Christopher Cole of Artemis Capital Management in Texas, published a research article in July 2018 entitled, What is water in the markets?, which has resonated powerfully with the investment community and performed a valuable service in identifying the inherent dangers of passive investing.

Cole asserts that the most obvious, ubiquitous, important realities are often the ones that are the hardest to see and discuss.

His title came from an apocryphal tale, summarised in Figure 1.

His essay foretells a coming volatility storm in which confidence in the entire medium of modern credit creation and the formation of asset prices, from which all measures of financial wealth are derived, is shaken.

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Figure 1. 

 

The essay spans liquidity, volatility, and passive investing, challenging conventional wisdom at multiple points along the way.

He posits a shift in the dominant view from believing that value is independent of the medium and intrinsic to the asset, to believing that the medium (liquidity) is the sole determinant of value, as defined by continuous bid and ask prices.

If an asset is only worth what someone is willing to pay for it, and value is ‘created’ by the medium of money, then there is no need to pay someone to find value through active investment management.

 

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Figure 2. Data source: Thomson Reuters Datastream.

 

Hence the triumph of passive investing. Value investing has now had the longest period of underperformance in history when compared to buying whatever is ‘hot’, illustrated for the U.S. in Figure 2.

The U.S. has reached a tipping point, according to Bernstein Research, when more than half of the assets under management will be passively managed.

JP Morgan suggests that only 10% of trading volume in stocks comes from discretionary trading. Cole maintains that passive investing is just a crowded liquidity momentum trade and its out performance compared to active managers may become self-fulfilling and ultimately destabilising in the long-run. When passive investing becomes dominant, excess returns diminish and volatility tends to rise.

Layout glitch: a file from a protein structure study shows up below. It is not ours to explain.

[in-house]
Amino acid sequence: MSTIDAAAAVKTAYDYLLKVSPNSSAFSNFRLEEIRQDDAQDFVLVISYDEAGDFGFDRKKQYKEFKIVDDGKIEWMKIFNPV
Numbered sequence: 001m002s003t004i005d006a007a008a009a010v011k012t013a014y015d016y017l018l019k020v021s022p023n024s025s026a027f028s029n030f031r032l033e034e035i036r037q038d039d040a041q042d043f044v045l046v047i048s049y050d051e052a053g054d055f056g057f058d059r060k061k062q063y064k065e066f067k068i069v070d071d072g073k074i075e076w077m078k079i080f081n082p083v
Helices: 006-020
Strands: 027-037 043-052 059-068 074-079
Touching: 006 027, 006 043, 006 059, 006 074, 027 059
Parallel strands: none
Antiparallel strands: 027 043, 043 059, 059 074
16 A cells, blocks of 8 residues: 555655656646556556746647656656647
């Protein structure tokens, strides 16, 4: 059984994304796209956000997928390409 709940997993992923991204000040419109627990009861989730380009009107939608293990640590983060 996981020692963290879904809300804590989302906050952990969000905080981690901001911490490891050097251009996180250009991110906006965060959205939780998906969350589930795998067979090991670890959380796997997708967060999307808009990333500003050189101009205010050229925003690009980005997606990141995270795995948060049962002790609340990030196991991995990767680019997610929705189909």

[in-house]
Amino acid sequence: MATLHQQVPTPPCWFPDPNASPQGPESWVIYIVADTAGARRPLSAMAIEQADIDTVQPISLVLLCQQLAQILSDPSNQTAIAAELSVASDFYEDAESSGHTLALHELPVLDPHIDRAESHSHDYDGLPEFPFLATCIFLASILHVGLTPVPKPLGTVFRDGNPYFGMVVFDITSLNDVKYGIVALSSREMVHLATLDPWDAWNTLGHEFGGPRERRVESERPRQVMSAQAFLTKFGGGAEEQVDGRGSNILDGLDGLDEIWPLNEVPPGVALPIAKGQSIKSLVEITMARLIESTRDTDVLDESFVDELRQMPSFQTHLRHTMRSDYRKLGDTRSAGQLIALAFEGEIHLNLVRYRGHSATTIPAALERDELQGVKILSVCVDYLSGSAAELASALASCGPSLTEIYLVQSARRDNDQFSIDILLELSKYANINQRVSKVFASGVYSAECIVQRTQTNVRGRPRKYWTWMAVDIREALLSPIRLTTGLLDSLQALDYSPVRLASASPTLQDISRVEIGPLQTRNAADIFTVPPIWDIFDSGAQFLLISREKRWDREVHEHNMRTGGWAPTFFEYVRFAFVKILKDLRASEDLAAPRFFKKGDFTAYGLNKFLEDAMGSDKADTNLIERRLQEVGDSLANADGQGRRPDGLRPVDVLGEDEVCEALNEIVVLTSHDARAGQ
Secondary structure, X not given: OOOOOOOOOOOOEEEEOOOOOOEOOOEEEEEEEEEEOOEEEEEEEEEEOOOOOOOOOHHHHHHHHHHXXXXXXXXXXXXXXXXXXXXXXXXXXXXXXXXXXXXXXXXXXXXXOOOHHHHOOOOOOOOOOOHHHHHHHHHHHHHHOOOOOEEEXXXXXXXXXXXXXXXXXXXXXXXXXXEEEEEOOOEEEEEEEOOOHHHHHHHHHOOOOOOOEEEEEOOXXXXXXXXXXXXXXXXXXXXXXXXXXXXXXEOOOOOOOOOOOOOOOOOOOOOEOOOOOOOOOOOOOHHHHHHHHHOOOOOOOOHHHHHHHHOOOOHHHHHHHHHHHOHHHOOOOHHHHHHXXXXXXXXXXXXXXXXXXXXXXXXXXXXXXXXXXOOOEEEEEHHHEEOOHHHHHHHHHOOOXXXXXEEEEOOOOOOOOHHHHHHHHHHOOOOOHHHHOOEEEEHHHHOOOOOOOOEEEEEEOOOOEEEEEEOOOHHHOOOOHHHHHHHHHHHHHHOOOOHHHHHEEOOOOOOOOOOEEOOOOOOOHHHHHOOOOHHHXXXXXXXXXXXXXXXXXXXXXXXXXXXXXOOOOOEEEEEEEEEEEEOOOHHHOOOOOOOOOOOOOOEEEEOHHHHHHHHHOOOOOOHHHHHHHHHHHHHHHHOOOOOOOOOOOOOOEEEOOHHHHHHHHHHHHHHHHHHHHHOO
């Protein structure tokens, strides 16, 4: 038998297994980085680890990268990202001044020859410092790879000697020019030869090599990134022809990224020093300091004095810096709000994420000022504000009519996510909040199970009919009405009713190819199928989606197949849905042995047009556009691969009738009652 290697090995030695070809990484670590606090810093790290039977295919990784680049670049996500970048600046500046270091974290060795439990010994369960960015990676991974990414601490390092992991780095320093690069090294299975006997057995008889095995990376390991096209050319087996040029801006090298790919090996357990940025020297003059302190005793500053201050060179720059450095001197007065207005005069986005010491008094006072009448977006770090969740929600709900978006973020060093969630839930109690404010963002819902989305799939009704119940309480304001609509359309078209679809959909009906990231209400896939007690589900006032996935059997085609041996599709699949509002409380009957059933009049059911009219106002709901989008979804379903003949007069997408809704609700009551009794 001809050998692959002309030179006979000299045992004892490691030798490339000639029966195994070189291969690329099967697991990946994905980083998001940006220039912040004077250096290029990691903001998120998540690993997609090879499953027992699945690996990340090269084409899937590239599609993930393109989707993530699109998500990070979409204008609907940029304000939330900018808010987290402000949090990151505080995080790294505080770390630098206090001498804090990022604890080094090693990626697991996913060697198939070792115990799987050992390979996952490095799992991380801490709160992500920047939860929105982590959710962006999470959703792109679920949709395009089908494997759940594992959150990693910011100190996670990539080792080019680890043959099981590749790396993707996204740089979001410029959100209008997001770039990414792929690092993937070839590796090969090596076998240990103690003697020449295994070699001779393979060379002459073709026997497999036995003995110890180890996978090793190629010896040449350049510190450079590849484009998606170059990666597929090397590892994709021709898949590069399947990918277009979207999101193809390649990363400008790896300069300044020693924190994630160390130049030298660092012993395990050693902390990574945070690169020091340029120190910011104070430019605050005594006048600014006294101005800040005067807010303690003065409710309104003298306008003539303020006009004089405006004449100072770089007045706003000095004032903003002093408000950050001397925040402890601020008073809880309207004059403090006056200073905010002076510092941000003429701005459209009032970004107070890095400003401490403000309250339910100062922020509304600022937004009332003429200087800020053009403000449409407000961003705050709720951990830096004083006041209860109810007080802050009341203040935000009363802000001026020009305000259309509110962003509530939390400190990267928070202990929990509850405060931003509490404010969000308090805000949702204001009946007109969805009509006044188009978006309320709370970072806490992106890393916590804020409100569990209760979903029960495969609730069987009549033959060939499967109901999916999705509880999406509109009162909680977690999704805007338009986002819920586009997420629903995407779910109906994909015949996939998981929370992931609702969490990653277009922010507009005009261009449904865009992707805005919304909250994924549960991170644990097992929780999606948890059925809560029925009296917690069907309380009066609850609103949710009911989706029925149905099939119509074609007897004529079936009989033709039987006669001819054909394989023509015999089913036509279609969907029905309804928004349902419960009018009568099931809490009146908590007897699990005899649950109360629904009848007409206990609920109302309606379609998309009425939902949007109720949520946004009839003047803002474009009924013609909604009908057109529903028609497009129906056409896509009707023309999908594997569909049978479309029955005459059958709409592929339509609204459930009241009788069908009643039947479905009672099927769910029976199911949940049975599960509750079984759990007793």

Cole’s model simulation work finds that the excess returns available to active fund managers is highest when 42% of the market is passive, but as the concentration exceeds 60%, the model (Figure 3, left frame) becomes increasingly unstable and subject to wild trends, extreme volatility and negative alpha.

He reckons that in real life the upper threshold would be lower than 60%. Cole contends that the volatility (VIX) spike in February was not a volatility event, but a liquidity event.

Traders were not buying options because they thought that volatility would increase, they were buying options because they were facing insolvency. 

 

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Figure 3. Source: Artemis Capital Management

 

The bull market in the S&P 500 index is now the second longest and has the second largest value gain in history, but it is the only bull-market that has occurred on lower and lower trading volumes.

Market trading volume and free-float shares are now at levels last seen in the late 1990s (Figure 3, right frame). As terrible as the liquidity was in February, it did not happen in the context of a fundamentally-driven market crash.

Cole argues that the U.S. tax cut might be enough to offset the negative effects of Quantitative Tightening for a while, but that a crunch is coming. 

Capital repatriated to the U.S. in the aftermath of the last federal budget has been widely reported as flowing into share buybacks among other uses.

Cole suggests that this acts as a price insensitive buyer underpinning the equity market, dampening volatility and encouraging additional buying pressure from implicit short volatility strategies.

He concludes that a crisis-level drought in liquidity will arrive between 2019 to 2022, marked by a perfect dust storm of unprecedented debt supply, quantitative tightening and demographic outflows. 

The article highlights that one of the effects of quantitative easing has been to damage the relationship between the corporate debt expansion and its default rate.

This will become a problem as indebted corporations try to refinance when the markets are most vulnerable to a liquidity drought.

This is the terrible price to be paid for assuming that there will always be willing buyers and sellers, in size, allowing the smooth entry and exit from individual stocks and funds.

 

First published by our friends at:

 

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